Differing functions of deracialized speech: The use of place names to index race in focus groups with African American and White parents

Research output: Contribution to journalArticlepeer-review

3 Scopus citations

Abstract

Discursive deracialization - the use of veiled references to racial groups - is associated with the discourse of new racism, in which racist sentiments are conveyed in a subtle manner. This article presents a specific strategy of deracialization: using place names and terms to index race. In focus groups held in the United States with African American and White parents, this strategy allowed speakers to covertly connect race to school quality. With the White parents, the indexing of race through place names and terms functioned as a defense against interpretations of their words as racist, regardless of whether racialized groups were explicitly presented in a negative light. In contrast, in the African American group, the strategy allowed speakers to indirectly critique racial inequality in education.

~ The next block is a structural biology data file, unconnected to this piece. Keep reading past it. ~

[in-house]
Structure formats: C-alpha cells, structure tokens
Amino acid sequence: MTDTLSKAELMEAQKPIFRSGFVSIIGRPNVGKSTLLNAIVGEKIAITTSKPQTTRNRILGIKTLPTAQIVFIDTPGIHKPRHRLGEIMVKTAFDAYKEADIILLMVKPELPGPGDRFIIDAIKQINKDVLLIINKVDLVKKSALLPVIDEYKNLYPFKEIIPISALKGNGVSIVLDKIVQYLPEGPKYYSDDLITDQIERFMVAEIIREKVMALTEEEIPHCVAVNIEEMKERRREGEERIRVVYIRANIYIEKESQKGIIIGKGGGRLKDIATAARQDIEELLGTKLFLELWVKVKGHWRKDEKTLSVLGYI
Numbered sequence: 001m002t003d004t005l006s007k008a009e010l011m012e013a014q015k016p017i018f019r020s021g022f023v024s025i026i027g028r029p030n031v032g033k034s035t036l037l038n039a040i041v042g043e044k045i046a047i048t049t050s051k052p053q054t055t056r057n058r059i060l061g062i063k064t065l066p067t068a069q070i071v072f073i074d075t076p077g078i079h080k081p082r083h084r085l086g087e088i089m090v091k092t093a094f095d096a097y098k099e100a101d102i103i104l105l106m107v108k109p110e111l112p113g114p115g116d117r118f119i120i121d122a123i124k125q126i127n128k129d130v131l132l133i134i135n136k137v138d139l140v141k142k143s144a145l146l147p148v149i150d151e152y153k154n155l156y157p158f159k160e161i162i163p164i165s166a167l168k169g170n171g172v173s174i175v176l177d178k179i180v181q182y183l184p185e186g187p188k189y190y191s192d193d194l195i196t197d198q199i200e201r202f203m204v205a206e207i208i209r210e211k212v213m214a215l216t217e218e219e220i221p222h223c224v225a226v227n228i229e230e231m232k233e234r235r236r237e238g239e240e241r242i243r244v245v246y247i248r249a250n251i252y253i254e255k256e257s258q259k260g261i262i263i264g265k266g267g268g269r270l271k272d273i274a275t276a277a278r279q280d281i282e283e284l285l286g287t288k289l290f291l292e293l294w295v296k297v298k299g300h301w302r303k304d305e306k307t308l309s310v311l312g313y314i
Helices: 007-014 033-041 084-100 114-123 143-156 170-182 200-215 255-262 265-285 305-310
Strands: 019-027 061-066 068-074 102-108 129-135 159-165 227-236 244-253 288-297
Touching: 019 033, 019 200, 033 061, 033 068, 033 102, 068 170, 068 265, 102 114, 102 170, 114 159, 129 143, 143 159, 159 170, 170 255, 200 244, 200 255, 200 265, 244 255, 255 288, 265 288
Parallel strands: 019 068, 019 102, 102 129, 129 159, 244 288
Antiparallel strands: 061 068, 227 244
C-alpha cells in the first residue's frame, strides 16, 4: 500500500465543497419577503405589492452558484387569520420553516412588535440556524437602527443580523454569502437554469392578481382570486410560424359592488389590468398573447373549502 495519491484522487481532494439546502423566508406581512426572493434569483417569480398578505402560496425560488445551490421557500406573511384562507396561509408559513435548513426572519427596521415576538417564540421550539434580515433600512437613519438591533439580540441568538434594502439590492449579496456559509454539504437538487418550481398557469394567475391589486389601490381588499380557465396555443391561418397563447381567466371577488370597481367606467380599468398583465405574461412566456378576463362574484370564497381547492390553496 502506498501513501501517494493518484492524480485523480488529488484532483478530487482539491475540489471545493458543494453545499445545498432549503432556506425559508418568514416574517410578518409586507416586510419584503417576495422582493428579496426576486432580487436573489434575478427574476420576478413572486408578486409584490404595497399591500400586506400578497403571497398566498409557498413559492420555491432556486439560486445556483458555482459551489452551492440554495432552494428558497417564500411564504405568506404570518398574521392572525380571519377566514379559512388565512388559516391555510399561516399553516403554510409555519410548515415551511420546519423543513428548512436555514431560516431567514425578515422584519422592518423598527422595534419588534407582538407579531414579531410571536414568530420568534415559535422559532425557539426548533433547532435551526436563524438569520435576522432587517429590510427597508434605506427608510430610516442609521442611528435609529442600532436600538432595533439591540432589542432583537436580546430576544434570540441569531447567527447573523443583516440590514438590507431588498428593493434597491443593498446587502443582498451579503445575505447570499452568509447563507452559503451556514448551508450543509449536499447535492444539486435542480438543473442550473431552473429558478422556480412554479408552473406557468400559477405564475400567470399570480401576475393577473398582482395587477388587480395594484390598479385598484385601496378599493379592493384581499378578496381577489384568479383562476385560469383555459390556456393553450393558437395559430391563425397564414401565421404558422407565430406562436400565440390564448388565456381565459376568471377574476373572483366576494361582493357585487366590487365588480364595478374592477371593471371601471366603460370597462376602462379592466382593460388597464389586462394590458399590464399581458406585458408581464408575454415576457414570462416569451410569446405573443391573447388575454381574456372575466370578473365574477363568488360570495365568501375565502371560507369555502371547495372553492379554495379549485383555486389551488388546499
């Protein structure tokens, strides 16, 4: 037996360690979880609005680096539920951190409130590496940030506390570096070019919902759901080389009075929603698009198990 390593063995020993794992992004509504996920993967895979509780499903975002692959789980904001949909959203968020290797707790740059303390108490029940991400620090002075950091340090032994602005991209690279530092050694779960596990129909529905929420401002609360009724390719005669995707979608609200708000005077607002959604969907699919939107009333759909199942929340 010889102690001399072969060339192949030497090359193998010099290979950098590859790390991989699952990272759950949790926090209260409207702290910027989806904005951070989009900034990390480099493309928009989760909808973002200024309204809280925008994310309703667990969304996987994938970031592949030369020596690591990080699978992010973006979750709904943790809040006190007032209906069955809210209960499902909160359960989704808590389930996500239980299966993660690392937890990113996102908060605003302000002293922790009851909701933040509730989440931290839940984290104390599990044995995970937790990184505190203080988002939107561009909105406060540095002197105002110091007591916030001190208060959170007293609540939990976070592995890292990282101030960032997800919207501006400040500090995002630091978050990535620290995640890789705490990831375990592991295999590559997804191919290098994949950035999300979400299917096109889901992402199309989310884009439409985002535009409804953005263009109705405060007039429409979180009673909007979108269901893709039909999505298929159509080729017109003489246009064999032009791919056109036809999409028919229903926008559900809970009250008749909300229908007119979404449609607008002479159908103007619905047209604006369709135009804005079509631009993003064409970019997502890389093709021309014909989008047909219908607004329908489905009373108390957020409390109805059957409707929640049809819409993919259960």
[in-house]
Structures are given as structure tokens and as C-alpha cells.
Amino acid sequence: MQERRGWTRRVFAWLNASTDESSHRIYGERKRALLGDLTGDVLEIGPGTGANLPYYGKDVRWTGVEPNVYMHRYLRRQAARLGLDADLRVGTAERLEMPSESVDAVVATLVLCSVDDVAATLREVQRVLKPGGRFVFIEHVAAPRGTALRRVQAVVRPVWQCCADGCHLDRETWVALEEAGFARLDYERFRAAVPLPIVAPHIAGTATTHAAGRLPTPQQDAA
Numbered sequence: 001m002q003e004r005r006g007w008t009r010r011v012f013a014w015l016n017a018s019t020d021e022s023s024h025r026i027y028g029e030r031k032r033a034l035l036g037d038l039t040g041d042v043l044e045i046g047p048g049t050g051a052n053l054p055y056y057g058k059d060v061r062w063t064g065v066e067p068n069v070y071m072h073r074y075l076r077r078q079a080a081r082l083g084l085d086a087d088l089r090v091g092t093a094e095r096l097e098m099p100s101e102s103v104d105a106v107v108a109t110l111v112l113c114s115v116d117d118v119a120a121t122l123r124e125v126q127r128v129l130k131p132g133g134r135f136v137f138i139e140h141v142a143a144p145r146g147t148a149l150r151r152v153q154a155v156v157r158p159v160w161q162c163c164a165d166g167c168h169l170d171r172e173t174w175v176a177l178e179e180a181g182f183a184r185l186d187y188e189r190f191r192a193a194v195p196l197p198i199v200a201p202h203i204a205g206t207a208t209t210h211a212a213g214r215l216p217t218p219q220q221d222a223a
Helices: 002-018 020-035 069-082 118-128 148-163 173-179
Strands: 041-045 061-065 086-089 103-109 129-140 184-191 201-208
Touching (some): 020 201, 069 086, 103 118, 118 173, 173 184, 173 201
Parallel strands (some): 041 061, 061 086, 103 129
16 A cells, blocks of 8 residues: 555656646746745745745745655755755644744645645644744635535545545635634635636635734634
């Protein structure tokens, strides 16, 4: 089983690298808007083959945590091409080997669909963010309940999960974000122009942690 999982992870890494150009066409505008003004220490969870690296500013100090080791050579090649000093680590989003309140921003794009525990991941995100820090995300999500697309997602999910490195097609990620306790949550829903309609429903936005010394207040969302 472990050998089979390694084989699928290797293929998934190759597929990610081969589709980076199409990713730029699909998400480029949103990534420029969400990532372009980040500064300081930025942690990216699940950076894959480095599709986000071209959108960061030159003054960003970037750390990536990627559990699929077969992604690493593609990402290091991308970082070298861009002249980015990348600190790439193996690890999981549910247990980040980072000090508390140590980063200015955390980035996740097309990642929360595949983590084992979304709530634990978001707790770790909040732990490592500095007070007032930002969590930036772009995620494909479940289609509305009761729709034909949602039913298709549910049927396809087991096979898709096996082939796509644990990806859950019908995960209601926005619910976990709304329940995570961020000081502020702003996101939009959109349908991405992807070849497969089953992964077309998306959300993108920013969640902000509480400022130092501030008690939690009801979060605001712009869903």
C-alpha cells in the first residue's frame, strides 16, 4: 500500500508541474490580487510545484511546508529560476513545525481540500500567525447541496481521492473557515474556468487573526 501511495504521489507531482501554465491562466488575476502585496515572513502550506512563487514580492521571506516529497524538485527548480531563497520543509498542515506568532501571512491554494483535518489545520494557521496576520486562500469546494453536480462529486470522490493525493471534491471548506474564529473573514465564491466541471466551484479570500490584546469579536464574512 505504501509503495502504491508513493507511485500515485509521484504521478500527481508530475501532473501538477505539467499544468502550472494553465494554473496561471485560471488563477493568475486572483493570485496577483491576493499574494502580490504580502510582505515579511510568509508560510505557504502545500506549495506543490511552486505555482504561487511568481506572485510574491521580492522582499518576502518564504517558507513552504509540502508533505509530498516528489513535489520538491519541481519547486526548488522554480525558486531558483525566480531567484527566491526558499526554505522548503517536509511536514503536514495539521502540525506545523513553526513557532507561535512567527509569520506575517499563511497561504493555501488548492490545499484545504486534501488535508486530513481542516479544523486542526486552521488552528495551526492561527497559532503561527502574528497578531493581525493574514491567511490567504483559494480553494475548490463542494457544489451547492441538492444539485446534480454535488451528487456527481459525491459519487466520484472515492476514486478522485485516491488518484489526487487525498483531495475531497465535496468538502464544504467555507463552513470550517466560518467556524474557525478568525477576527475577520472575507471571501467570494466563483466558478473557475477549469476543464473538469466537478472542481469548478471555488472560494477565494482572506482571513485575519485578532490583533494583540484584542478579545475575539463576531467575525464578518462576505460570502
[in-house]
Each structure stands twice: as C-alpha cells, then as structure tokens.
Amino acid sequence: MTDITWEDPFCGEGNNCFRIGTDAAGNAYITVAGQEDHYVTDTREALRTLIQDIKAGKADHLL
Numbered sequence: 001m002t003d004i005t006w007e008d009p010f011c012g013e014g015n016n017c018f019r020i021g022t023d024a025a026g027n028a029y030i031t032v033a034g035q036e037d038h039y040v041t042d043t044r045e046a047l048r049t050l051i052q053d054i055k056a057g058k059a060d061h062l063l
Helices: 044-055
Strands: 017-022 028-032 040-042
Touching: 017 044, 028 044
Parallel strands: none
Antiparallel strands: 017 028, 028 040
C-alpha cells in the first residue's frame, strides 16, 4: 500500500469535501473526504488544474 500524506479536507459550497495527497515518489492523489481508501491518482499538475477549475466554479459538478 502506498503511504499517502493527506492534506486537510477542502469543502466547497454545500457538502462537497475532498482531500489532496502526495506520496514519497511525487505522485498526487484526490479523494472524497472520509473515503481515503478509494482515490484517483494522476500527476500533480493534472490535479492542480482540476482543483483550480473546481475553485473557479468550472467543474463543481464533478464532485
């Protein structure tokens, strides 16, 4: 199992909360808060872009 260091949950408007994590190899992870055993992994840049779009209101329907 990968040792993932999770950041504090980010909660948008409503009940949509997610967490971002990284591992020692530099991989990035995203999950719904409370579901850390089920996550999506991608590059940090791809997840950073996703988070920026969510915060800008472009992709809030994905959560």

Original languageEnglish (US)
Pages (from-to)485-505
Number of pages21
JournalText and Talk
Volume30
Issue number5
DOIs
StatePublished - Oct 1 2010
Externally publishedYes

Keywords

  • African Americans
  • Whites
  • discourse
  • focus groups
  • new racism
  • race
  • schools

ASJC Scopus subject areas

  • Language and Linguistics
  • Communication
  • Philosophy
  • Linguistics and Language

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